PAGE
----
Once you’ve picked a plan, when you want to share a large file, you upload it, and then enter e-mail addresses for those you want to share it with, and click send. The recipients get an e-mail with a link to the location of your file, and the recipient downloads the file. Of course, it still makes sense to compress your files, but there are many free applications for quickly doing that. Xvid is a good, free tool for video file compression.

I’ve written about ADrive’s low-cost monthly service here recently. The company is offering a service for $6.95 a month that gives you 50GB of free storage and the option to upload files of up to 2GB in size–much larger than the size limits imposed by most of the free, online storage providers. The $6.95 a month also buys you the ability to access your computer remotely, backup services, and more.

Both of these are easy ways to move large files such as video files around at very little cost, and without the need to deal with FTP applications.

HP Mini

November 10, 2008

Filed under:

HP’s obviously getting ready to expand its netbook line beyond the well-received Mini-Note 2133 — the company recently started teasing the Vivienne Tam Digital Clutch, and now images and pricing for a “Mini 1000” have appeared on the HP shopping site. As expected, the new rig is basically a non-glam version of the Digital Clutch, and specs appear to be right in line with what we’ve seen: 10-inch screen, sub-1-inch thickness, and 2.25-pound starting weight — and we’re guessing the Mini 1000 also gets the upgrade to an Intel Atom over the 2133’s VIA C7-M. Not bad at all for a starting price tag of $399 — hopefully we’ll find out a lot more soon.

[Via jkOnTheRun]

Double Layered LCD

November 8, 2008

Exactly like the old animator’s trick of having stacked gels photographed at different depths in front of the lens, this concept display by designer Mac Funamizu has a dual-layered transparent LCD screen. The idea being that by displaying suitable images on both screens, you’ll get a sense of depth when you view it. A simple way of adding 3D-effects to things like GPS units? Possibly, or just a very funky LCD photo frame perhaps. Just a concept, but the sort of thing you expect might surface in a real gizmo sometime. [Ubergizmo]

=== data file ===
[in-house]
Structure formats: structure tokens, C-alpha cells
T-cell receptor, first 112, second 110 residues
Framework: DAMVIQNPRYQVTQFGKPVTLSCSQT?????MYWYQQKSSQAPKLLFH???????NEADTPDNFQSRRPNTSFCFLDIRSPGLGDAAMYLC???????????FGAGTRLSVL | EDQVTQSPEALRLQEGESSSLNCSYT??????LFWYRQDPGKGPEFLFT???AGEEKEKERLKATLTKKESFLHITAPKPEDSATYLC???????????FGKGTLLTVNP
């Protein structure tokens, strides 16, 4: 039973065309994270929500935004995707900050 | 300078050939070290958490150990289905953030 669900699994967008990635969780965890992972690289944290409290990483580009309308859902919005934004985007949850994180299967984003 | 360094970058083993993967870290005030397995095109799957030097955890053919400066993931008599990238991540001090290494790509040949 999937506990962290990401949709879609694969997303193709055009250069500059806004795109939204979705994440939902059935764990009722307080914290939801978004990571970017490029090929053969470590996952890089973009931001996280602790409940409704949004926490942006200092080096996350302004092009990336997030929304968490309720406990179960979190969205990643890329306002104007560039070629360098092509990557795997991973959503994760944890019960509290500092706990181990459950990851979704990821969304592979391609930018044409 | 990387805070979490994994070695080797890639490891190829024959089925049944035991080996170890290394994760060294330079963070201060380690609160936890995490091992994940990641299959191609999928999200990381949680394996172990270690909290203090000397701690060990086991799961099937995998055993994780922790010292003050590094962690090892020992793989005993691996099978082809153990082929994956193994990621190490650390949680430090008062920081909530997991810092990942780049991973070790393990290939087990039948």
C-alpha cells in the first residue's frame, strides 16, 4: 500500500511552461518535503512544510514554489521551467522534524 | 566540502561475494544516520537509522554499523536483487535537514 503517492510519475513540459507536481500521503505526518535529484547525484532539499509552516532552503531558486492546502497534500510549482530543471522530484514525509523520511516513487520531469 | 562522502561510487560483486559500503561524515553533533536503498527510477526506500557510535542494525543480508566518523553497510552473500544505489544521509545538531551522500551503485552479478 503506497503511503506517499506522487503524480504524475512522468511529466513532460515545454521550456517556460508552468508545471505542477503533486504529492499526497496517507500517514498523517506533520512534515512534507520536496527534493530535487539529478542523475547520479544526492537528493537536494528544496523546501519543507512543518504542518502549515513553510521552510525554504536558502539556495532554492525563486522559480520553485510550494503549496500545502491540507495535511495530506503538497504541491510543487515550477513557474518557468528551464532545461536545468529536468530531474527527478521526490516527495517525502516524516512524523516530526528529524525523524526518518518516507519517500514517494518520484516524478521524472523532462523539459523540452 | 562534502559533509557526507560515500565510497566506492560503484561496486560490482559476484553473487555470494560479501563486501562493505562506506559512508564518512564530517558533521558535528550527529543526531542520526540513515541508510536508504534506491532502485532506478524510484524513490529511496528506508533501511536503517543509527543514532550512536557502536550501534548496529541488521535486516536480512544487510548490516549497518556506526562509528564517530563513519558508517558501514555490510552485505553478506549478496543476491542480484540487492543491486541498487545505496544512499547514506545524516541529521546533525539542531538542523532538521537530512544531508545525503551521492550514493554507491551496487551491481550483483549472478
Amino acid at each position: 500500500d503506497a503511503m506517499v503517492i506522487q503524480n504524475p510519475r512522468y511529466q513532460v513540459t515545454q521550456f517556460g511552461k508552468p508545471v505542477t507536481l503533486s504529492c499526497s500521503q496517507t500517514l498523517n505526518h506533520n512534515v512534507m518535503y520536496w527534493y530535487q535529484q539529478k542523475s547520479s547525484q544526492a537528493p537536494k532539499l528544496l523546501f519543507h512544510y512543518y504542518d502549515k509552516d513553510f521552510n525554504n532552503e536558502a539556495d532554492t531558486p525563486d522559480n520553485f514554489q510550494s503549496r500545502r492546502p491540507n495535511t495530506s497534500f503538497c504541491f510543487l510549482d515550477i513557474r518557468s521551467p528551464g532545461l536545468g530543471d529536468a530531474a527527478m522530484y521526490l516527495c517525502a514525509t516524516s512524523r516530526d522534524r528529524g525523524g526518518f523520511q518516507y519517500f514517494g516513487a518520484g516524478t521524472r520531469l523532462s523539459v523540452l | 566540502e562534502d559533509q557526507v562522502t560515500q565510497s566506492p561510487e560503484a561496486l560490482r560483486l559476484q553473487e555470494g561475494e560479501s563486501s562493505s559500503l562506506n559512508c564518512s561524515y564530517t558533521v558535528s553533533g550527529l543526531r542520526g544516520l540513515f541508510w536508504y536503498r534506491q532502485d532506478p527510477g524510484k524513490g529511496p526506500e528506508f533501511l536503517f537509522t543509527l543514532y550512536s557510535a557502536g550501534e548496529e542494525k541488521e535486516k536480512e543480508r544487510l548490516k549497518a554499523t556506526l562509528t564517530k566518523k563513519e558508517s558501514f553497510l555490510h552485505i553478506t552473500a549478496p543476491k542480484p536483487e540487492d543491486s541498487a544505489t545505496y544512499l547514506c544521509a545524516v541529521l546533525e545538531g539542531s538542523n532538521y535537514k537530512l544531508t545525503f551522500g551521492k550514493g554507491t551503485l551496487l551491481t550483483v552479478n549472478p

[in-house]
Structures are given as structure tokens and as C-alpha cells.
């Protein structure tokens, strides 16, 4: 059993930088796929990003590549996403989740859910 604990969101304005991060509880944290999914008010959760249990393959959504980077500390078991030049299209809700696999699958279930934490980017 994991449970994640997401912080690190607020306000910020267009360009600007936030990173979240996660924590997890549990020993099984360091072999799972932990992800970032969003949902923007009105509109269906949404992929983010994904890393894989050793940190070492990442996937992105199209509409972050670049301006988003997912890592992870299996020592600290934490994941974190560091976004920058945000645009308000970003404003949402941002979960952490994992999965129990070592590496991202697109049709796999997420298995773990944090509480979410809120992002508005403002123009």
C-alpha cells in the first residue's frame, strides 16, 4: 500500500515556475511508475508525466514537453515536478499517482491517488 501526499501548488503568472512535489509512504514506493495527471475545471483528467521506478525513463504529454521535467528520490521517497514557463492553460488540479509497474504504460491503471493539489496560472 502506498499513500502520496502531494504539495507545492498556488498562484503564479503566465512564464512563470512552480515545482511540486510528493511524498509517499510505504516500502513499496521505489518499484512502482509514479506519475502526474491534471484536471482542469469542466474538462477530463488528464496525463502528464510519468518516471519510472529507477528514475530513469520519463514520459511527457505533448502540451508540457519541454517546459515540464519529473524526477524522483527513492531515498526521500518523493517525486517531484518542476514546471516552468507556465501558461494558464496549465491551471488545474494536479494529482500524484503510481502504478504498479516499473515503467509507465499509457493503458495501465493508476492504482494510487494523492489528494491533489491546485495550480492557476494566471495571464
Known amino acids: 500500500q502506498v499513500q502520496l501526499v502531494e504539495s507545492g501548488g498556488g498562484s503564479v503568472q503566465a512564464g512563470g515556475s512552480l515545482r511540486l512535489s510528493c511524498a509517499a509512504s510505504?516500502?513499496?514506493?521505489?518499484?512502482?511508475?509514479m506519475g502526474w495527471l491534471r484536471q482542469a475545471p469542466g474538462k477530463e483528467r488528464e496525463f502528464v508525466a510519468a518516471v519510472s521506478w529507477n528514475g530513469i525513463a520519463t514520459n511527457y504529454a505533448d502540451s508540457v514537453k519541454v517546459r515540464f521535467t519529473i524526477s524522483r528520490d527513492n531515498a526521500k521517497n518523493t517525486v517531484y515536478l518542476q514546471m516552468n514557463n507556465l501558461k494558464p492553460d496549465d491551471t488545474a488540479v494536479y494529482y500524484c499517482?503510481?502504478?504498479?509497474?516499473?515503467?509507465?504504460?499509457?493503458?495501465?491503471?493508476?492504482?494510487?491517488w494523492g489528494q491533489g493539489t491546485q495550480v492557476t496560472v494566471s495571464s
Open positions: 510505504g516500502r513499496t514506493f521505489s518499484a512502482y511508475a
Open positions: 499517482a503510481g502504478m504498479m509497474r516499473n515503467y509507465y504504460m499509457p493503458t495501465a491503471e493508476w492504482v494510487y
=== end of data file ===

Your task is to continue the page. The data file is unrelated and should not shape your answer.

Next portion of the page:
Spreed reading

November 6, 2008

Free speed-reading webapp Spreed:News lets you choose from a wide array of news sources and have their articles read to you in small clusters of words. Working from the principles that make for faster reading, you can scale the tool between 240 and 1500 words per minute, and set up an account to save your favorite sources—from Boing Boing to the New York Times and dozens more—for quick browsing. Spreed offers a tally of the seconds you’ve saved from word-by-word reading, and offers an iPhone-optimized interface for speed reading while on commutes or trips. Spreed is free to use, requires a sign-up to save your feeds. For tips on honing your speed reading, check the how-to article on the via link below.

Spreed:News [via Wired How-To Wiki]

Save time AND energy

November 6, 2008

My old office used to have those irritating IR-sensor lights, so if you were working late and popped out—say to the loo—for more than a few minutes, you’d be welcomed back to uninviting darkness: now you can have the same facility in your home thanks to Black&Decker’s LightsOut. Well, actually it’s quite a neat gizmo—it’s battery powered, and simply mounts directly over a light switch, which it then throws for you if it doesn’t detect movement in front of its sensor. Plus it turns the lights on when you enter. You can even change the “off” preset delay time, up to 30 minutes. Handy if you forget to switch the light off in your garage—like I often do. No word on pricing yet.

Colliers Market Info

November 5, 2008

Market information – Colliers Knowledge Exchange